What conditions must change in your country to better support education?

It seems undeniable to me that the most critical ingredient to improving learning is a well-supported and caring teacher. Professional development must remain a high priority to help positively impact teaching and learning.

What is the best opportunity for innovation in education?

Personally, I’m particularly interested in mobile access. It seems to me that this technology permits so many around the world to leap-frog over the challenges of access that have been the focus of educational technology and innovative learning conversations for the last two decades.

What educational “trend” do you think is helping students? Is there a trend that is getting in the way of learning?

The trend that I think holds most promise for learners is the focus on personalizing learning. The conversations and models of blended learning or flipped classrooms are important, and worth having. The trend that I fear too often gets in the way of learning is the excessive amount of time devoted to preparing for and administering high-stakes assessment. While it’s important to know where students are in their arc of learning, it seems there have been unintended consequences that I fear have narrowed the curriculum.

If you could give one educational tool to every child in the world, what would it be? Why?

Internet access and a portable device, to put the world at their fingertips and permit them to engage always and everywhere.

About Ron Reed

Ron Reed, independent sales and marketing consultant in K-12 publishing, and Executive Producer of SXSWedu, has been involved in educational publishing and technology since graduating from the University of Texas. He helped launch Optical Data Corporation in the mid-80’s and was responsible for pioneering the first state-adopted technology alternative to traditional textbooks in Texas. Ron subsequently joined Publisher’s Resource Group (PRG), an Austin-based curriculum development company creating print and electronic materials for instructional content providers, ultimately serving as Vice President and General Manager. In 2006, he established R L Reed Consulting, an independent consulting firm specializing in strategic K-12 sales and marketing. In that role, he produced several educational panels at South by Southwest Interactive, focusing on digital instructional content and open education resources.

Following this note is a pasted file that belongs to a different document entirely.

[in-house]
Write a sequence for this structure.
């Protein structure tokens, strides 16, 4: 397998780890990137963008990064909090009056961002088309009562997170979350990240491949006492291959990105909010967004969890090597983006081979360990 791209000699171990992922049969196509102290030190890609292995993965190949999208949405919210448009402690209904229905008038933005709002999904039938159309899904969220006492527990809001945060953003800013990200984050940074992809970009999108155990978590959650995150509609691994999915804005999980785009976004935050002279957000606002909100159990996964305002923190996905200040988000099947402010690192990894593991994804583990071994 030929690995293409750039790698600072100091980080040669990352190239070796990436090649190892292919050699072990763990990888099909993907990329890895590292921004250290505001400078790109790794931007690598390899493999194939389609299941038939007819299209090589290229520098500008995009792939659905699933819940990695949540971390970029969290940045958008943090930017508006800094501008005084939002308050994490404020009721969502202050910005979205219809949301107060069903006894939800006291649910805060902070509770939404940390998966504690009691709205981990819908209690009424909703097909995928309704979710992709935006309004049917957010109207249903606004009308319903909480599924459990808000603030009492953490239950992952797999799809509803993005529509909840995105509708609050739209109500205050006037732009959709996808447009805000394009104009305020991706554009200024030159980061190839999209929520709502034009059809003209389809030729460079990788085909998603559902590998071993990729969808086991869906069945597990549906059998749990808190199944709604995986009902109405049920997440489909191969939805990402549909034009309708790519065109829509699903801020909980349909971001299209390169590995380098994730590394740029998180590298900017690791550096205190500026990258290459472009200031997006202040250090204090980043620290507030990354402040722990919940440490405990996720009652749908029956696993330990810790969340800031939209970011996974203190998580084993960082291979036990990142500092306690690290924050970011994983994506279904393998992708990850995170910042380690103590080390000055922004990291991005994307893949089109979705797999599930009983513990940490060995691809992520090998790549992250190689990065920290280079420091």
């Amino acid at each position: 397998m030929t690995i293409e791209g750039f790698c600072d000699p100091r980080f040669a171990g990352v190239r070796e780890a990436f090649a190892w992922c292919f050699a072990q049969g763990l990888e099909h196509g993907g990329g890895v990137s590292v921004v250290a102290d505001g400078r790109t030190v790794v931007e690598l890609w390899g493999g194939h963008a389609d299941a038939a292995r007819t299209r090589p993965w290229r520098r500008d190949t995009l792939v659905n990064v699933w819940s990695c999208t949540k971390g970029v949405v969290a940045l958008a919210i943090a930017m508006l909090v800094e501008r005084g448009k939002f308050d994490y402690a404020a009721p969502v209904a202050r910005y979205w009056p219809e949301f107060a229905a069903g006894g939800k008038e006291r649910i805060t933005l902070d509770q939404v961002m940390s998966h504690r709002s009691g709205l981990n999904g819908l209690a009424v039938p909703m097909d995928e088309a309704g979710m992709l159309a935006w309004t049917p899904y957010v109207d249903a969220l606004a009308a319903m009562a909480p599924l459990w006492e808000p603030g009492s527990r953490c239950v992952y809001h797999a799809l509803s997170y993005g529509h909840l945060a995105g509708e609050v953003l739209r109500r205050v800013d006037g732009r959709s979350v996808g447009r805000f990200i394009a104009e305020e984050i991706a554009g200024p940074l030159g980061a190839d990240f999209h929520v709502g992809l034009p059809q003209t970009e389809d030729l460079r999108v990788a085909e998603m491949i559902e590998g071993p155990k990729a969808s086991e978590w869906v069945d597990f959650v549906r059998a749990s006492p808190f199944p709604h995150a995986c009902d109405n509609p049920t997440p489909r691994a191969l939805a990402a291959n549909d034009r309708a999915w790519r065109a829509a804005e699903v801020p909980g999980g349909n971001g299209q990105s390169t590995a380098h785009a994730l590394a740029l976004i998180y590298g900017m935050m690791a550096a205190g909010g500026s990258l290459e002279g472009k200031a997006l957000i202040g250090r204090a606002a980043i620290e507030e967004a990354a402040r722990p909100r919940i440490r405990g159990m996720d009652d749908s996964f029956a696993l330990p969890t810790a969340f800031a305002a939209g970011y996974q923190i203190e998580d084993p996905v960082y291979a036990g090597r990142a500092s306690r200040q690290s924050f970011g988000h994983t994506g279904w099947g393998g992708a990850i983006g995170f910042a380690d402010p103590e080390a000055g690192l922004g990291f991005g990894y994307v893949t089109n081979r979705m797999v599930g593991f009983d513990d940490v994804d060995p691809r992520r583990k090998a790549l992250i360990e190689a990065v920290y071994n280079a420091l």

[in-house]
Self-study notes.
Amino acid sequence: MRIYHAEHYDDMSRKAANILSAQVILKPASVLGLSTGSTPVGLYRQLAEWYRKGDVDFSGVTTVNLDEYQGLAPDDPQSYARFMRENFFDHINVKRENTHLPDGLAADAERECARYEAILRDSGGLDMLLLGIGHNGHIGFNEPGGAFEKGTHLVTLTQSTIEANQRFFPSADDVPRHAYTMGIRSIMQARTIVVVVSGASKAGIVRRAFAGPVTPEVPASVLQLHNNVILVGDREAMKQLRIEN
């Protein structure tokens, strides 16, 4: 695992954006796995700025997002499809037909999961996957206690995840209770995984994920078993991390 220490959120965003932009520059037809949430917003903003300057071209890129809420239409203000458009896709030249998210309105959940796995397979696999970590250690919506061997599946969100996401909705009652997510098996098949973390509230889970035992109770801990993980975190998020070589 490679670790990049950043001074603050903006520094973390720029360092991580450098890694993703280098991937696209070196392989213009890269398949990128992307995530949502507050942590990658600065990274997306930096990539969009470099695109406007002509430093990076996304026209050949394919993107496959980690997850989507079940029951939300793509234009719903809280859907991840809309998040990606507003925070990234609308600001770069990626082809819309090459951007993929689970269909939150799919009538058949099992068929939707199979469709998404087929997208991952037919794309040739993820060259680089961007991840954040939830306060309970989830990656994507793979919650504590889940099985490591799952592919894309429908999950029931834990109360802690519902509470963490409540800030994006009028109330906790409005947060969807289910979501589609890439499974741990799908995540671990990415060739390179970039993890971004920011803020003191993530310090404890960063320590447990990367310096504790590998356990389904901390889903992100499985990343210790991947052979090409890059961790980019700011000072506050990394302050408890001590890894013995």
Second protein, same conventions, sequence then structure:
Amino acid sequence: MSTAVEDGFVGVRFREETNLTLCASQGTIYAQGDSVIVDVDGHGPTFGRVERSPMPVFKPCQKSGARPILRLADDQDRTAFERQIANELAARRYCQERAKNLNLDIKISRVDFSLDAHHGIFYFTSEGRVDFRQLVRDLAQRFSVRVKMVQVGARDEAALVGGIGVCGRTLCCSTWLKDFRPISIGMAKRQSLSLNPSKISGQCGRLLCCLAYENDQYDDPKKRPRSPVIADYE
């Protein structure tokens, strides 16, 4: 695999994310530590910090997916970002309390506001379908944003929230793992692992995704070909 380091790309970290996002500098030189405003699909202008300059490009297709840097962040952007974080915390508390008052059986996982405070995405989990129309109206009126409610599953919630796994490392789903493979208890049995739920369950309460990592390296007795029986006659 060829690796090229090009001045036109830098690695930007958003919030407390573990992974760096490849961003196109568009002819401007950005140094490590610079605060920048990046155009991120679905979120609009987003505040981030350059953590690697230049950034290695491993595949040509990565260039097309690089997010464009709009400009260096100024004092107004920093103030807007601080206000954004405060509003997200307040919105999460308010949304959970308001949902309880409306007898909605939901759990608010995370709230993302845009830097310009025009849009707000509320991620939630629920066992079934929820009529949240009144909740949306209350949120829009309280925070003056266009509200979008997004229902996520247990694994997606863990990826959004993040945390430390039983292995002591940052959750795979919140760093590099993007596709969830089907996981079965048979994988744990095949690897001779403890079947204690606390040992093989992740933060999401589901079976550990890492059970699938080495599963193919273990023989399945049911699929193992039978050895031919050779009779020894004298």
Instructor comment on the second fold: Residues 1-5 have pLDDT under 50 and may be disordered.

The experience led him to launch SXSWedu in 2011, a convergence event focused on innovations in learning, for an audience of key stakeholders including education professionals as well as representatives from business and industry, and the legislative and policy arenas.

SXSWedu’s inaugural year highlighted Project Share, a statewide education portal with more than a half million public education account holders, developed and managed by the Texas Education Agency. Visit SXSWedu.com to learn more.

  • Birthplace: Morristown, New Jersey
  • Current residence: Austin, Texas
  • Education: BA, University of Texas, Austin
  • Website I check every day: sxswedu.com
  • Person who inspires me most:  My Dad, a hard working guy, son of orphans,
    who achieved a lot and valued nothing more than family…
  • Favorite childhood memory: Early mornings, riding my red bike (fast as the wind!) through the neighborhood to Fourth Ward Elementary School in Paris, Texas!
  • Next travel destination (work or pleasure): New York City
  • When was the last time you laughed? Why? Breakfast this morning with my wife and youngest son…he has a fantastic sense of humor! He’s staring his career and consequently moving from Austin to Midland, Texas to work with their airport facility…he was saying “Of course I’ll miss y’all, just not likely as much as you’ll miss me!” He’s correct, of course.
  • Favorite book: Lonesome Dove by Larry McMurtry, or perhaps The World According to Garp, by John Irving.
  • Favorite music: Old, classic rock including The Rolling Stones, The Who, Neil Young, Bruce Springsteen…showing my age here!
  • Your favorite quote or motto: “As my daddy used to say…” is a turn of phrase I use often. My dad had a million great sayings and pithy remarks…one of my favorites remains: “I feel more like I do now than I did a little while ago!”
This entry was posted in Entrepreneurship, People and tagged , , , . Bookmark the permalink.

Leave a Reply

Your email address will not be published. Required fields are marked *